Recently, The New York Times ran an article about parents who are apologists’ for sexual assault. I am not exaggerating:
The mothers’ resolve comes from their raw maternal instinct to protect their children. But several who agreed to interviews also said they did not doubt that their sons’ accusers had felt hurt.
Their sons may not have been falsely accused, the mothers said, but they had been wrongly accused. They made a distinction.
One mother, Judith, said her son had been expelled after having sex with a student who said she had been too intoxicated to give consent.
“In my generation, what these girls are going through was never considered assault,” Judith said. “It was considered, ‘I was stupid and I got embarrassed.’”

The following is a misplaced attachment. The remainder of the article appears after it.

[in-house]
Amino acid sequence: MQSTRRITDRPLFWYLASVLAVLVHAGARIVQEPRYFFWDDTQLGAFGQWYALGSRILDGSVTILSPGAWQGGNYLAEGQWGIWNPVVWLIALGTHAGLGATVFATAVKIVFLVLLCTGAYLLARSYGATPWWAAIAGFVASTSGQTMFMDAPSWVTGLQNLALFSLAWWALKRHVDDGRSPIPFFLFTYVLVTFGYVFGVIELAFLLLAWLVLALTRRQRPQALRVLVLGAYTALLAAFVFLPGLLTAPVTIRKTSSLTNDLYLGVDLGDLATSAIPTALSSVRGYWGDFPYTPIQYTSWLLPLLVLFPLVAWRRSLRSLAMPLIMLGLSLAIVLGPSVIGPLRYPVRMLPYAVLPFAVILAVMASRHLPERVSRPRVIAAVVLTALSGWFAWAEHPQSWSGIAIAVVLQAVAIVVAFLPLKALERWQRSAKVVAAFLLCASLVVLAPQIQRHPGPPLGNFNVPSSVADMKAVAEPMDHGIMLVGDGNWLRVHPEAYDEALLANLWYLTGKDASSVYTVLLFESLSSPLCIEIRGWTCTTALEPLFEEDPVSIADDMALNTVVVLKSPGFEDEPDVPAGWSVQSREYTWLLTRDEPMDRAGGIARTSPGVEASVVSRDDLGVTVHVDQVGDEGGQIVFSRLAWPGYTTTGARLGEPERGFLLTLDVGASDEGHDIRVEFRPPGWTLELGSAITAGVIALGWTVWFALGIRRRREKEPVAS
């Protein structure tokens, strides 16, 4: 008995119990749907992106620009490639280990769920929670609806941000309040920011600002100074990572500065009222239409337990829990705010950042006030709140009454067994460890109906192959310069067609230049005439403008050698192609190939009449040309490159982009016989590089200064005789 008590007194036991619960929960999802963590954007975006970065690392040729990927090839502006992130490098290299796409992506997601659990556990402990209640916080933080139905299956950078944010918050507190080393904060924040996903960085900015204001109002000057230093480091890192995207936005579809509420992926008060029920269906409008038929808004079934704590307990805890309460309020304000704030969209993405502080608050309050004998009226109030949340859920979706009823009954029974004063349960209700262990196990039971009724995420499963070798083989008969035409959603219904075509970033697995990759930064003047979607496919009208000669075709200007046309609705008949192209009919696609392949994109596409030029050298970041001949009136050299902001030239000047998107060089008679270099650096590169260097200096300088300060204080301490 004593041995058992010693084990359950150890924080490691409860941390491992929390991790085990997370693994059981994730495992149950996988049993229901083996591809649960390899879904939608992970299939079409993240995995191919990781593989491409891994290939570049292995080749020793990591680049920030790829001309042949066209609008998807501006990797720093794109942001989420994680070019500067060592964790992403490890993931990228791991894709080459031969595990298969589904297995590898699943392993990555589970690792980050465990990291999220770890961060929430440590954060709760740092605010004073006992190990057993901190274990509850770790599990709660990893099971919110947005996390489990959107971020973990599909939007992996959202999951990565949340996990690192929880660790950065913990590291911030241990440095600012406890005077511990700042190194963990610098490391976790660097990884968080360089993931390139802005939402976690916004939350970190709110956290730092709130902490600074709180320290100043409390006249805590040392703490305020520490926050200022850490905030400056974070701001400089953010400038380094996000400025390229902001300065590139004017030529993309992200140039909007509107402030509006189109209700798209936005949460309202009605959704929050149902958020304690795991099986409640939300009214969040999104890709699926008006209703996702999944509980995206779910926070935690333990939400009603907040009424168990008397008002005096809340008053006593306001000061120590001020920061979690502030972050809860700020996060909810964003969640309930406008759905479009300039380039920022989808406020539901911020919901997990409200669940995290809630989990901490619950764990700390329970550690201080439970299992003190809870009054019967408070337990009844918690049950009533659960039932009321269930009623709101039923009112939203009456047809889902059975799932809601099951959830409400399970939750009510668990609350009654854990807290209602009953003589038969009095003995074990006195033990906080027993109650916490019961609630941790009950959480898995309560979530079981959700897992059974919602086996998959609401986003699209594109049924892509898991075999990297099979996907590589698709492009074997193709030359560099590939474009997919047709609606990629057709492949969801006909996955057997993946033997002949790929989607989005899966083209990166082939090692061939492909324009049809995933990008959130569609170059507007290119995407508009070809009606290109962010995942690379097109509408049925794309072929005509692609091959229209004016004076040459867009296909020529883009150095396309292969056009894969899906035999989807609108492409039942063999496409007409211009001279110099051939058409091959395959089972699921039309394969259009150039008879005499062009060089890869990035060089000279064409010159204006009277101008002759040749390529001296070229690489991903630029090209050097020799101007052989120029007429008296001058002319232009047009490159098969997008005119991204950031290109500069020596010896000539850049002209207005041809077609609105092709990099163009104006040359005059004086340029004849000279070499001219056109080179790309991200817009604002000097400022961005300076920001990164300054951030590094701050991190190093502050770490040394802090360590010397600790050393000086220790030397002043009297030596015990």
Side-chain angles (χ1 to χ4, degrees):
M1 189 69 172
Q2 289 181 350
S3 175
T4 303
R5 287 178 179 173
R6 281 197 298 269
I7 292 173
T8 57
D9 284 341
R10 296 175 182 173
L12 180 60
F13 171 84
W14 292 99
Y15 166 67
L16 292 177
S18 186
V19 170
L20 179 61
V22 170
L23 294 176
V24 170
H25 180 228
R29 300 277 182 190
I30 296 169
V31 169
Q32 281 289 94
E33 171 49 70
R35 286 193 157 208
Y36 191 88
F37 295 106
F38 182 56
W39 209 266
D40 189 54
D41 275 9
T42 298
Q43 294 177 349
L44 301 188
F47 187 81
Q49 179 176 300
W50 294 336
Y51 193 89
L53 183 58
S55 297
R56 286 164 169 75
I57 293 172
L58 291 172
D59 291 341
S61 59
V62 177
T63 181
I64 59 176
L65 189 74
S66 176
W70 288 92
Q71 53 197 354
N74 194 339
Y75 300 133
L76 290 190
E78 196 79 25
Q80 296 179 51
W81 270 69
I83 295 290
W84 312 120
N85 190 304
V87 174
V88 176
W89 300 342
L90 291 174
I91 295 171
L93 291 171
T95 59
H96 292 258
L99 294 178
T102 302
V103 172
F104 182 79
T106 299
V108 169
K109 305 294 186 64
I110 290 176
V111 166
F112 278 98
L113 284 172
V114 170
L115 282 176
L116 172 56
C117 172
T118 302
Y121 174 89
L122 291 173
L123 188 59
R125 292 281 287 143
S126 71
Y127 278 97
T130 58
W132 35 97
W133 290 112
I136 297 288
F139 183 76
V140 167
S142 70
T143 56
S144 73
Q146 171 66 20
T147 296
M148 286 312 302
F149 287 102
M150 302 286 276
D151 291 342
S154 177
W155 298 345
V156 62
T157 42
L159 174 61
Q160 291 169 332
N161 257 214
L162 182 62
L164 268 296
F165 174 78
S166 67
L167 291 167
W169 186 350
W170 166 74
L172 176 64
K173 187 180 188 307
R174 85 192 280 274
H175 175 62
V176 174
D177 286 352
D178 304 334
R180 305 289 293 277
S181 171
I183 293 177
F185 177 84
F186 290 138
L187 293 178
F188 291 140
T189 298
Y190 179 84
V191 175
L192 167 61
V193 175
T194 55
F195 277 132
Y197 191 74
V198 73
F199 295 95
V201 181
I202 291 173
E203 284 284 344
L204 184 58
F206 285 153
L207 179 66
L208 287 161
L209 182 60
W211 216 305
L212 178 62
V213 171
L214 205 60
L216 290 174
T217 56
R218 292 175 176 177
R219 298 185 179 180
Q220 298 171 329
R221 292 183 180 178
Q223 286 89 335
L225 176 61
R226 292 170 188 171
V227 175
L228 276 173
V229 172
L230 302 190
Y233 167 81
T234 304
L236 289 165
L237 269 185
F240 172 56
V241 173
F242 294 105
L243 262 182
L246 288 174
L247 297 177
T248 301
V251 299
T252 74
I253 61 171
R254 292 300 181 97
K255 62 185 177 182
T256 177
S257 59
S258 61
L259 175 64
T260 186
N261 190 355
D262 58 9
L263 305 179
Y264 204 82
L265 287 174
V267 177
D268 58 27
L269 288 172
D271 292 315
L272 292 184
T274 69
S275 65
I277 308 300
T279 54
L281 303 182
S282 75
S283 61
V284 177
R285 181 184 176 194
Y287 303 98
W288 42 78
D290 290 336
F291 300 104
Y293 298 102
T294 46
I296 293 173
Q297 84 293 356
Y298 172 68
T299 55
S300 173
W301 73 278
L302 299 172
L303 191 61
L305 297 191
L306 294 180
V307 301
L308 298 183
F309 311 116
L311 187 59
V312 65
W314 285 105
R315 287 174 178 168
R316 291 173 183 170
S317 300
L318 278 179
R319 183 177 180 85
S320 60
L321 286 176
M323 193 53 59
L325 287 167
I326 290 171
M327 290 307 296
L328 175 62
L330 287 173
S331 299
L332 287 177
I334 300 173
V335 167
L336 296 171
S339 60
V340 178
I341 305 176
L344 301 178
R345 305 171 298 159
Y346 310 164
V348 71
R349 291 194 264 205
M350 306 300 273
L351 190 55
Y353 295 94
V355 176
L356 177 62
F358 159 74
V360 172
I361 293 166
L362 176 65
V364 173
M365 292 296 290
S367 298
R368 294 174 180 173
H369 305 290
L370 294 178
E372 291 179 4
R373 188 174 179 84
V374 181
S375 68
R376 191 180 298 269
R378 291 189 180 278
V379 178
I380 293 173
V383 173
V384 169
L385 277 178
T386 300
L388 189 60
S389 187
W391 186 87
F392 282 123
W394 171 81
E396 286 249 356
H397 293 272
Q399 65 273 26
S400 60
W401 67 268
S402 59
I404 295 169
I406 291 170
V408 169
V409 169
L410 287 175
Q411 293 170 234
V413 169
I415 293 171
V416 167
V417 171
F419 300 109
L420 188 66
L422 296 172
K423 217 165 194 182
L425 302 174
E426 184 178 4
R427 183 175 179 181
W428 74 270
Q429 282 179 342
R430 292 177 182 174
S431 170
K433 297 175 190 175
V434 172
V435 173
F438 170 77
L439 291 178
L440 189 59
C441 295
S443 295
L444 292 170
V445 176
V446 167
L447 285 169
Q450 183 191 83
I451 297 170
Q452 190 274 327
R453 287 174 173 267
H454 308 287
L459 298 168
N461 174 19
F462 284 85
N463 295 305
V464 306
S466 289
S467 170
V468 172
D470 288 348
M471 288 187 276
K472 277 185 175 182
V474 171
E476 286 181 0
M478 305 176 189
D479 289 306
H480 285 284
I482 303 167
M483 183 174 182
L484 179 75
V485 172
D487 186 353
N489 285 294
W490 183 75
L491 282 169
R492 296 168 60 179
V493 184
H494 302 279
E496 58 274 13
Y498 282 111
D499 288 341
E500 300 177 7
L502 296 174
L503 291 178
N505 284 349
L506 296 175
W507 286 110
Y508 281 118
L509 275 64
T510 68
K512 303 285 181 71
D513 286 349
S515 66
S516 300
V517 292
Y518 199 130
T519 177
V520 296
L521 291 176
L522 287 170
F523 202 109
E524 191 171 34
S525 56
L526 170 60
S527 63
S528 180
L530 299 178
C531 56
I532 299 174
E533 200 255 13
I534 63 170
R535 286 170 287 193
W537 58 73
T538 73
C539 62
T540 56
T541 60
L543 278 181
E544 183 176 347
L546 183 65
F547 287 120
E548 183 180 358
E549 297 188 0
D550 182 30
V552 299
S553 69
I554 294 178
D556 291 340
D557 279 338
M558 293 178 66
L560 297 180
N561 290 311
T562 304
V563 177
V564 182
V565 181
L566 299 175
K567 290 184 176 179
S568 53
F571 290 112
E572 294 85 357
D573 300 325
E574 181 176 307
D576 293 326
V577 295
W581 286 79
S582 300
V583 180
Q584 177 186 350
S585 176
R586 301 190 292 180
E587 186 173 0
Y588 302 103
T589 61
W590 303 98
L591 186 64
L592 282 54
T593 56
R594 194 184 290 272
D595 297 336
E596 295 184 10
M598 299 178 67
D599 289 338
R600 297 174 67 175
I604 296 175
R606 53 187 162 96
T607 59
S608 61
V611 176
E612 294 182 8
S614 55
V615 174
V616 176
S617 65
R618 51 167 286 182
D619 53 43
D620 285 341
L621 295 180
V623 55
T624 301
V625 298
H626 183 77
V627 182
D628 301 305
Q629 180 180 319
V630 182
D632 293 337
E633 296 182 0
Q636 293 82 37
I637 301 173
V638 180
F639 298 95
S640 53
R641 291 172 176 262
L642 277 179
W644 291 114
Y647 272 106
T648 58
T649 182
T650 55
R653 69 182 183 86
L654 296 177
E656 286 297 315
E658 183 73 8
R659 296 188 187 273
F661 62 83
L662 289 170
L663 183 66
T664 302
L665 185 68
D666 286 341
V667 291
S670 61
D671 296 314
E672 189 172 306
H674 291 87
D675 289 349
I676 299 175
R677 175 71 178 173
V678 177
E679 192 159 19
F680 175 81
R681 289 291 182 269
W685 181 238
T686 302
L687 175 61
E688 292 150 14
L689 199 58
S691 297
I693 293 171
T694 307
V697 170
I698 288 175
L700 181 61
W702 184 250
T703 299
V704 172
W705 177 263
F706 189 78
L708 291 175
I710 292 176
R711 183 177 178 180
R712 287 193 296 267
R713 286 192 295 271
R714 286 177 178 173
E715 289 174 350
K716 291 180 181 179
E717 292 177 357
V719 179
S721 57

In the United States, there’s an odd view that anything parents do with the intention of bettering their own children’s lives is inherently justified. As one can deduce from my tone, I’m pretty skeptical of this. At some point, parents are being selfish, even if it is for the sake of their children.
There are valid discussions about whether people are properly educated about consent, protecting due process, and how investigations of sexual assault are carried out. These groups of parents don’t help that. All they seek to do is make it difficult for sexual assault claims to be investigated and properly handled, all for the sake of their perfect, delicate, can-do-no-wrong child.